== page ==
I could spend a week writing out all the details of the experience, but I kind of already did that. Each day we had to write 500 words in a journal about some part of our experience from that day, to be turned in at the end. So instead of a generic recap, I'll share what I wrote on one day towards the beginning.
Saturday July 26, 2014
I wasn’t sure what to expect from Julia Spicher Kasdorf’s craft lecture today. I often feel lacking when it comes to poetry, and going into it I hoped I could figure out how to simply keep up.
Not being used to her speaking or mannerisms, it took me a while to get on the same level; and as she talked, plenty of things went right past me, over me, beyond me. But something else started to happen as she talked. I became more and more fascinated as she elaborated on her work and the work of those poets she used as examples. I also found myself becoming more engaged as she shared her experiences with the fracking project, a topic near to my own heart and life living in upstate New York.
In the lecture, I not only learned more about writing and poetry, but I began to look at the world in a larger way. In New York, we are battling over fracking, looking out over a chasm that no one wants to fall into; but we have yet to feel the physical ramifications of what that process can do to a state. As I heard Julia speak, and looked around the room at so many local Pennsylvania faces, I realized that people here aren’t at the edge; they are in the middle of the war.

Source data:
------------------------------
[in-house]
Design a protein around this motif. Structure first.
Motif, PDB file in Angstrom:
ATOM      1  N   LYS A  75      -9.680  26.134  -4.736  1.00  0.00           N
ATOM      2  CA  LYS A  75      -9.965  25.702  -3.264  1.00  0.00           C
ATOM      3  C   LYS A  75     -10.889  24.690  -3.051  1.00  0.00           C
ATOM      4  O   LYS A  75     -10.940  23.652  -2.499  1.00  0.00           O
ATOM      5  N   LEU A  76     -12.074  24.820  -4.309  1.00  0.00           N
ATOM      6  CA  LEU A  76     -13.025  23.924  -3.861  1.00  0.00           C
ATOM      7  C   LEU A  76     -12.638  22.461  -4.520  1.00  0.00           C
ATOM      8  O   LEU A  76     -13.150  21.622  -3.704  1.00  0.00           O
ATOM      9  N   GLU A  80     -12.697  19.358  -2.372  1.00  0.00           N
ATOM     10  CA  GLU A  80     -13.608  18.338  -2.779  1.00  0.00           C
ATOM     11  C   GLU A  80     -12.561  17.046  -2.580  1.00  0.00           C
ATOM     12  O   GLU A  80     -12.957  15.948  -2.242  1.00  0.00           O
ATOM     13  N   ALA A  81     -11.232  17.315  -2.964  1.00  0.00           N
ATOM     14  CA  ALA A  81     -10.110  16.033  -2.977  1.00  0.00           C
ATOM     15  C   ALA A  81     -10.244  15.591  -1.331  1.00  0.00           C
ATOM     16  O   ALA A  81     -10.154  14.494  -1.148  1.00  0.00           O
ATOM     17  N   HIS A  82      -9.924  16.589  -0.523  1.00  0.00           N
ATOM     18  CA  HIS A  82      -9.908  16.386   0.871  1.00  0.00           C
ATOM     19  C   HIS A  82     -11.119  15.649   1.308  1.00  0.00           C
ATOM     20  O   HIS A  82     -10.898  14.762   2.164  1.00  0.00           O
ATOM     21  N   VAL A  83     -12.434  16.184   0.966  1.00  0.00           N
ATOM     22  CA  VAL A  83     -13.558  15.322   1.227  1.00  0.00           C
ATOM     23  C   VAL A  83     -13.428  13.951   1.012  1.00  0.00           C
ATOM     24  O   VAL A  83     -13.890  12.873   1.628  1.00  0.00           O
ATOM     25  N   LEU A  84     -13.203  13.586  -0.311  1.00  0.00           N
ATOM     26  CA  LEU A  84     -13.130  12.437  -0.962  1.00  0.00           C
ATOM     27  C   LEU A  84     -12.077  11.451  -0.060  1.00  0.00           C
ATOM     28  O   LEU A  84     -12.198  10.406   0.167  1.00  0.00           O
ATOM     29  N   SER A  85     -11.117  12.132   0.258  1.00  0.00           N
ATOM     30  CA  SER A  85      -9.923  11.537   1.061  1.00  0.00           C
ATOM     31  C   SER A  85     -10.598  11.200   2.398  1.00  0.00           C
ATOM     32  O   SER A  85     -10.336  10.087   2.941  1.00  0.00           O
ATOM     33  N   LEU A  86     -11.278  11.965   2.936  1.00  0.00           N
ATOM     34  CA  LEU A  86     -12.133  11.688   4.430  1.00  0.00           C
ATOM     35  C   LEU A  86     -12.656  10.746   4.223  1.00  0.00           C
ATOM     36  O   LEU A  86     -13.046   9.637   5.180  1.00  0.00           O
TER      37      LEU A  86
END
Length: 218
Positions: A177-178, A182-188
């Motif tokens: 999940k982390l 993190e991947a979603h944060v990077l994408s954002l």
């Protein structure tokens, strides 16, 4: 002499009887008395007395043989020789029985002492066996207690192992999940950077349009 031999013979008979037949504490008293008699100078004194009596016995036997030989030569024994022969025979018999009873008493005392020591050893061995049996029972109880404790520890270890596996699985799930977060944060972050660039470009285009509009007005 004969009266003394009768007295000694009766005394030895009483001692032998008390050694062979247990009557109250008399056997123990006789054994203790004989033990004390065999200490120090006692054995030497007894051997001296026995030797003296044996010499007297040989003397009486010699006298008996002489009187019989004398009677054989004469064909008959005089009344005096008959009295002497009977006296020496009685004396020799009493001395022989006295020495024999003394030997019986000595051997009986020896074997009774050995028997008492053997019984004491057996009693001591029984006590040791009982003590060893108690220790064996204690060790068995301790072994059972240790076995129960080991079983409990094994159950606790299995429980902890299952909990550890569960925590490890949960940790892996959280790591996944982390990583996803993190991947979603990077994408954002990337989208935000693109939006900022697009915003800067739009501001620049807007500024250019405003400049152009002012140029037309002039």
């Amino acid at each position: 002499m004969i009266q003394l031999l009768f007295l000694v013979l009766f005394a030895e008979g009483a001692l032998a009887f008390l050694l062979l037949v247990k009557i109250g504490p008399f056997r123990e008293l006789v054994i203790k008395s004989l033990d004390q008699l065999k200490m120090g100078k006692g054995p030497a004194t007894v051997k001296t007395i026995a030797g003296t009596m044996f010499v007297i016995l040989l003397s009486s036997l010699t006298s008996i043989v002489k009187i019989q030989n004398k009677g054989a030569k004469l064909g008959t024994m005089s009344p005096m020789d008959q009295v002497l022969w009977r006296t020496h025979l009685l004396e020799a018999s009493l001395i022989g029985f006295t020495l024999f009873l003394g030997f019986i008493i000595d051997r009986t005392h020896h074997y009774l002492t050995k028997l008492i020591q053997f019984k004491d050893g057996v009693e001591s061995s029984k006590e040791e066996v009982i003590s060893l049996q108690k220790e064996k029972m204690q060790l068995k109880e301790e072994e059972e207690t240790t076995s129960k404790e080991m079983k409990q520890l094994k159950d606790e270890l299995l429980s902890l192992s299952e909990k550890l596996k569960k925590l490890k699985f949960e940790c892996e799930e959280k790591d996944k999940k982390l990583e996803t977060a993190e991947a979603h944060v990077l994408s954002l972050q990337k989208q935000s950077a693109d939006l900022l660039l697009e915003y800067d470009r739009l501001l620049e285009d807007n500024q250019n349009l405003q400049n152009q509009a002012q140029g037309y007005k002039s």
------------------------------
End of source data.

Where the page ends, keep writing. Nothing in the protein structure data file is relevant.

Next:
And I remembered that “real” world out there of fighting and suffering and hatred. I’d forgotten that world while immersed here at SCW the past few days. Now I began to look closer at the connection between art and “reality.” How is a poem relevant to fracking? How can an essay change any of the bad things happening in our world? Julia answered this in response to a student’s question; she said “Maybe a poetry book can travel to someplace that the newspapers can’t.” I took this to mean that maybe this literary work will reach minds that need to hear it, or have a lasting power that won’t be replaced by next week’s celebrity marriage. All that I understand to be good and true.
But that doesn’t hold enough power for me. What truly answers the question for me, How can a poem change the world? is something Julia also said in the talk. She was quoting someone else (I forget who!) and said “A poem may not keep someone from dying, but it can keep someone from dying miserably.”
Now that, that is something to fight for, to live for. That reasoning hits me in the gut and makes me remember why I am here, why this work is good. No, the next essay I write may not stop the gas companies from wreaking their havoc on New York State. But maybe it will fall into the hands of just the right lawmaker or teacher or mother. Maybe. But even more importantly, maybe it will fall into those hands and make that lawmaker or teacher or mother see the world as a little less dismal, and a little more hopeful. And equally important, the creation of it might make my world a little bit more hopeful too.
Julia's an amazing poet doing great work, and a really nice person. Check out her work at her website.